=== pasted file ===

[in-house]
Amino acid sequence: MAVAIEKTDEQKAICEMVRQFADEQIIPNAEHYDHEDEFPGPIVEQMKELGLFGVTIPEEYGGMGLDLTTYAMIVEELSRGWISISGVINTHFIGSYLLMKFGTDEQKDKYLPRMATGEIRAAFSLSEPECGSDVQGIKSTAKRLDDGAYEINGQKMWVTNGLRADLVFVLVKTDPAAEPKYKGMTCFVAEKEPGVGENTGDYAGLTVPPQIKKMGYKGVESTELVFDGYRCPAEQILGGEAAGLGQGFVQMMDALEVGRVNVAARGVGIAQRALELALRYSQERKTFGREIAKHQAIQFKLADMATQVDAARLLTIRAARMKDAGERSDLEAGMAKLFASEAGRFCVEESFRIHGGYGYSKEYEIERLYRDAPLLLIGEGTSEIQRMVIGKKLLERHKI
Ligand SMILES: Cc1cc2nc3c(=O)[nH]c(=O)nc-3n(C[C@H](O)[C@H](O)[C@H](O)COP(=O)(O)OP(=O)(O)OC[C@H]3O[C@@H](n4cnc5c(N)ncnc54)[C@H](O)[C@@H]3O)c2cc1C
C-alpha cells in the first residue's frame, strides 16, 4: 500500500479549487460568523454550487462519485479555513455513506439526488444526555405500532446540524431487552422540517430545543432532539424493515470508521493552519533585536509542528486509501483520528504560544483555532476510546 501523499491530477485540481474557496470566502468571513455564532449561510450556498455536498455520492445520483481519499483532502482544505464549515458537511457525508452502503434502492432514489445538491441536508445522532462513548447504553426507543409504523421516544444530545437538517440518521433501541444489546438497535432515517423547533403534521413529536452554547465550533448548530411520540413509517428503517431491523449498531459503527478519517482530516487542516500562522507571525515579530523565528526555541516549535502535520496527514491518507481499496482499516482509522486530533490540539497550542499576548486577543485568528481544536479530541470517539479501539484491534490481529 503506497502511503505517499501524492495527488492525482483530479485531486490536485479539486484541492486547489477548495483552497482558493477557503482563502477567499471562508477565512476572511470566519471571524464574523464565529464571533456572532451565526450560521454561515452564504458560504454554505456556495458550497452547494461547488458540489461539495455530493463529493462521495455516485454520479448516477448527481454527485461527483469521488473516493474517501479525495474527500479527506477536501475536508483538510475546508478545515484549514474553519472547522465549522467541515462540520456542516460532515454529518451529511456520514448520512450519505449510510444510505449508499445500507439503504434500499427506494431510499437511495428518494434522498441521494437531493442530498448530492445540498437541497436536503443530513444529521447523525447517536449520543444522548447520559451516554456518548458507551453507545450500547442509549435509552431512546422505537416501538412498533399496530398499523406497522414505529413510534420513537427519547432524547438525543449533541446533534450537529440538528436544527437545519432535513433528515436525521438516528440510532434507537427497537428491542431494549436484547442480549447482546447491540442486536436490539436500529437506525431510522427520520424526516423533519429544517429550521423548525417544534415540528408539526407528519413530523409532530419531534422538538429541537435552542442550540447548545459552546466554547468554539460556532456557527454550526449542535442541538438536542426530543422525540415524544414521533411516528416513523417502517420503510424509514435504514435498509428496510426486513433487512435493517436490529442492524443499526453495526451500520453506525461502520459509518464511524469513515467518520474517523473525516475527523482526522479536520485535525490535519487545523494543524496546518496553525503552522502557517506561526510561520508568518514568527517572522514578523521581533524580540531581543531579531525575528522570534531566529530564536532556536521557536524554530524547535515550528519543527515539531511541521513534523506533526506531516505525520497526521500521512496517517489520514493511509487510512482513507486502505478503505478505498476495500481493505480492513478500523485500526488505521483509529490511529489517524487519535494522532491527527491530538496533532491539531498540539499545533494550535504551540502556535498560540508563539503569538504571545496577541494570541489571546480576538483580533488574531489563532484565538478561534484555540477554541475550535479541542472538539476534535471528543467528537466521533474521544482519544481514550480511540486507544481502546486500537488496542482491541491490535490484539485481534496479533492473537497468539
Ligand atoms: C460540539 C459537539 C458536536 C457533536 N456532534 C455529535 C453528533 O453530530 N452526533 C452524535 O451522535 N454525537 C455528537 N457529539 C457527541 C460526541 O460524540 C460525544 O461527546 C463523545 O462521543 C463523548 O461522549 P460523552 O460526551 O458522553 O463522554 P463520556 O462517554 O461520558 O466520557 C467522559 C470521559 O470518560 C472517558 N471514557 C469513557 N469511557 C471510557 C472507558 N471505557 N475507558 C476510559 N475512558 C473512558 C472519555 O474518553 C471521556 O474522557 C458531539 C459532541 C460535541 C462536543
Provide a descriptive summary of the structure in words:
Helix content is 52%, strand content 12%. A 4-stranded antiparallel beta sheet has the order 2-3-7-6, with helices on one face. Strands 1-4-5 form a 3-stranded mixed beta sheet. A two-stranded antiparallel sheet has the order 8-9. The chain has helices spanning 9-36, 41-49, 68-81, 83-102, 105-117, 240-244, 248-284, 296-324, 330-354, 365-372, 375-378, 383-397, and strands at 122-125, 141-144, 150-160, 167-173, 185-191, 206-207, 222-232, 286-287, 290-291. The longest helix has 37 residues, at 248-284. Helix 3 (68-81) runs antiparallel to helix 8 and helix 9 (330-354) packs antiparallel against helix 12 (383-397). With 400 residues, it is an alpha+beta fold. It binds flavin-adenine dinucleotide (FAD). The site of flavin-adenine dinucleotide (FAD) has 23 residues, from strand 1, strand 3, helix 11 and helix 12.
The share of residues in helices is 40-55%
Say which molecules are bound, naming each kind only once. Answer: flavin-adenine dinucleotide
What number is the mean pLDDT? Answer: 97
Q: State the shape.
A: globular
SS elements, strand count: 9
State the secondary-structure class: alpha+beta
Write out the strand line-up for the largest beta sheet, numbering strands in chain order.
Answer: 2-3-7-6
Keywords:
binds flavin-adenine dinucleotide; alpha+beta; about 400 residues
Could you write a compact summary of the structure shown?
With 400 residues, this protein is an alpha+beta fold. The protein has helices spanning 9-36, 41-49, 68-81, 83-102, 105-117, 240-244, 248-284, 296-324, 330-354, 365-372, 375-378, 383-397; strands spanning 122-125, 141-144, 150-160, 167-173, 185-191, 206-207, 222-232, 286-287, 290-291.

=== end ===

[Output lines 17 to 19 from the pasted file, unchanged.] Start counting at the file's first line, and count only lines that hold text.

Keywords:
binds flavin-adenine dinucleotide; alpha+beta; about 400 residues
Could you write a compact summary of the structure shown?